From Campuses to Congress: Bipartisan plans to address sexual misconduct on Capitol Hill are under discussion in both the House and the Senate, as lawmakers respond to the ongoing movement to reduce harassment and abuse across industries. The past few months have brought nationwide awareness to the problem, but college activists and administrators have been reckoning with it for years. Meanwhile, pop culture often romanticizes sexual encounters that blur the lines of consent—making it all the more important for women and men to reflect on the subtle power dynamics of sex.
Taylor Lorenz on how the parents of teenage social-media stars navigate their children's sudden fame:
Keep reading here, as Lorenz explores what it's like for families with little media experience to get thrust into the limelight.
What Do You Know … About Science, Technology, and Health?
This week, we delved into some of the troubling consequences of new technology, from the unsettling experiences of parents whose children became social-media stars to a recidivism-predicting algorithm that's no better at its job than random people surveyed on the internet. In addition to the job losses that truckers will face as automated vehicles take to the roads, self-driving buses could worsen racial inequality by eliminating what's historically been a steady source of work for black drivers. And of course, the false missile alarm in Hawaii on Saturday shows how the rise of smartphones has thrown a wrench in American emergency-notification systems.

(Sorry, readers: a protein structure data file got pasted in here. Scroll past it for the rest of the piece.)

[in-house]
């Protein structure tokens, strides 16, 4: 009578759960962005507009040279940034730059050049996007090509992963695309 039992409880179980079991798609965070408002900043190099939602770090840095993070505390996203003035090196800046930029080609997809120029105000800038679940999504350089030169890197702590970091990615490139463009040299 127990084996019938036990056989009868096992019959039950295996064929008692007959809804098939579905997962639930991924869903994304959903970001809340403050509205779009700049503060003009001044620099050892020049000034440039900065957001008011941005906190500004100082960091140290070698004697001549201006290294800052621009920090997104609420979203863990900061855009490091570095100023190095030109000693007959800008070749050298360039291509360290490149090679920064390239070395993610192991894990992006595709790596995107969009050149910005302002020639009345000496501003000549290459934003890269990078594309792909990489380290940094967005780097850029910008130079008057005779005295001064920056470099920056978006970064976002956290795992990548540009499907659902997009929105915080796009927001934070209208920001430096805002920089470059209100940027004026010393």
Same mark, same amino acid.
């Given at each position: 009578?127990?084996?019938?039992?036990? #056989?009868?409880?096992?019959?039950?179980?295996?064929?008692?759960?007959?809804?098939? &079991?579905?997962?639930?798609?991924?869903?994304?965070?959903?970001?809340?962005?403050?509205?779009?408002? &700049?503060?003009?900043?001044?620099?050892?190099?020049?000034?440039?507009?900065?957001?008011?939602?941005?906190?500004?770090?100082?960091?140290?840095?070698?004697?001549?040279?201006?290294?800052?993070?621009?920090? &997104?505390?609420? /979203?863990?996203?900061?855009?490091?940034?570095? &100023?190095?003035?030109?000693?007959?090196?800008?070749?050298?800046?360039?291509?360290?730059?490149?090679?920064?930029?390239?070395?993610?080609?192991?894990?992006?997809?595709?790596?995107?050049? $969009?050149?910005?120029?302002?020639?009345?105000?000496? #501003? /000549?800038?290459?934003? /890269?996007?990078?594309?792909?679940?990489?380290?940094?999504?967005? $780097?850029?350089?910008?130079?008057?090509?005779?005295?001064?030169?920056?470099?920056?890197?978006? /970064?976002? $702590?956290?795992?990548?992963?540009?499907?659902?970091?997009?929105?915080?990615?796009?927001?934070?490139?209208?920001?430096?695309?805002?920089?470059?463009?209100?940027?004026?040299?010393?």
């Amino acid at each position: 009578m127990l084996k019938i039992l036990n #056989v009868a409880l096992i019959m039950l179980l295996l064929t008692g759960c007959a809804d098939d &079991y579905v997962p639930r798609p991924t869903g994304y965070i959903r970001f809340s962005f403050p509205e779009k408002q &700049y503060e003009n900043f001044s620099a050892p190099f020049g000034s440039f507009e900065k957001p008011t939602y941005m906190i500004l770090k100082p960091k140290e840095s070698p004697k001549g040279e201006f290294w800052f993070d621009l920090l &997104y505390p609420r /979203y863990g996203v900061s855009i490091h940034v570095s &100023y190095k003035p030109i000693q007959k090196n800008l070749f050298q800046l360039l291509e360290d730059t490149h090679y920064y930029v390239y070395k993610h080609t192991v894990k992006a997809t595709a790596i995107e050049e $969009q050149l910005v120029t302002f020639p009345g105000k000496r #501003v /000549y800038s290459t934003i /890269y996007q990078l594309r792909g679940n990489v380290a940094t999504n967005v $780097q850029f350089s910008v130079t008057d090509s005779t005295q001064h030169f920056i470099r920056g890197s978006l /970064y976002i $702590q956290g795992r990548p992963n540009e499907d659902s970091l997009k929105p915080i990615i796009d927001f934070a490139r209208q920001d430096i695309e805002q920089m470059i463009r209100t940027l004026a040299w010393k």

Can you remember the other key facts from this week's science, technology, and health coverage? Test your knowledge below:
1. Because of manufacturing shortages linked to Hurricane ____________, hospitals are running out of IV bags.
Scroll down for the answer, or find it here.
2. In the cognitive test administered to Donald Trump, called the ____________, patients earn points for correctly identifying drawings of a lion, camel, and rhinoceros.
Scroll down for the answer, or find it here.
3. The New Age movement of the 1960s and '70s is also nicknamed the Age of ____________, after an astrological sign.
Scroll down for the answer, or find it here.